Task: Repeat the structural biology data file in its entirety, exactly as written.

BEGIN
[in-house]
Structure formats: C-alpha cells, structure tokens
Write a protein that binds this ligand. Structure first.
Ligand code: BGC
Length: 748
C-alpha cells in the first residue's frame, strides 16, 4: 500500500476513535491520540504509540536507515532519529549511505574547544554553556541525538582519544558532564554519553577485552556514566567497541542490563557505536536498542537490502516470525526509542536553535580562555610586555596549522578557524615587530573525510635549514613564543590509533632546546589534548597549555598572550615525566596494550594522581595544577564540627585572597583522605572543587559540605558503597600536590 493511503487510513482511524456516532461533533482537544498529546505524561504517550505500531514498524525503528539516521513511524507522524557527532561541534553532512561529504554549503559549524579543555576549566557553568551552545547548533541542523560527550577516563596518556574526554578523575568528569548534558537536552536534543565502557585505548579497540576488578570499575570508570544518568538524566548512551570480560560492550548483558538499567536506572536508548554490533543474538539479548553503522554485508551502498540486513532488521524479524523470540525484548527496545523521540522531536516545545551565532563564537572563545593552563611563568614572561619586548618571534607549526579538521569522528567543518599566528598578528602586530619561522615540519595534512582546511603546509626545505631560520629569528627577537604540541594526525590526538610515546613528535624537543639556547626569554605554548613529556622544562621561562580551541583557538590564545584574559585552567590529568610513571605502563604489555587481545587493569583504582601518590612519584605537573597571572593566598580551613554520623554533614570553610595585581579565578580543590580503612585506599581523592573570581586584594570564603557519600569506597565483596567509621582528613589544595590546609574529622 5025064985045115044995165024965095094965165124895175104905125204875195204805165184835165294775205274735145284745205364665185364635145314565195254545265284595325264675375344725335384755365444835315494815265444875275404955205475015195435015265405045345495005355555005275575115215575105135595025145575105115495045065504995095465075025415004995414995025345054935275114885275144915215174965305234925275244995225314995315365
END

[in-house]
Structure formats: C-alpha cells, structure tokens
Write a protein that binds this ligand. Structure first.
Ligand code: BGC
Length: 748
C-alpha cells in the first residue's frame, strides 16, 4: 500500500476513535491520540504509540536507515532519529549511505574547544554553556541525538582519544558532564554519553577485552556514566567497541542490563557505536536498542537490502516470525526509542536553535580562555610586555596549522578557524615587530573525510635549514613564543590509533632546546589534548597549555598572550615525566596494550594522581595544577564540627585572597583522605572543587559540605558503597600536590 493511503487510513482511524456516532461533533482537544498529546505524561504517550505500531514498524525503528539516521513511524507522524557527532561541534553532512561529504554549503559549524579543555576549566557553568551552545547548533541542523560527550577516563596518556574526554578523575568528569548534558537536552536534543565502557585505548579497540576488578570499575570508570544518568538524566548512551570480560560492550548483558538499567536506572536508548554490533543474538539479548553503522554485508551502498540486513532488521524479524523470540525484548527496545523521540522531536516545545551565532563564537572563545593552563611563568614572561619586548618571534607549526579538521569522528567543518599566528598578528602586530619561522615540519595534512582546511603546509626545505631560520629569528627577537604540541594526525590526538610515546613528535624537543639556547626569554605554548613529556622544562621561562580551541583557538590564545584574559585552567590529568610513571605502563604489555587481545587493569583504582601518590612519584605537573597571572593566598580551613554520623554533614570553610595585581579565578580543590580503612585506599581523592573570581586584594570564603557519600569506597565483596567509621582528613589544595590546609574529622 5025064985045115044995165024965095094965165124895175104905125204875195204805165184835165294775205274735145284745205364665185364635145314565195254545265284595325264675375344725335384755365444835315494815265444875275404955205475015195435015265405045345495005355555005275575115215575105135595025145575105115495045065504995095465075025415004995414995025345054935275114885275144915215174965305234925275244995225314995315365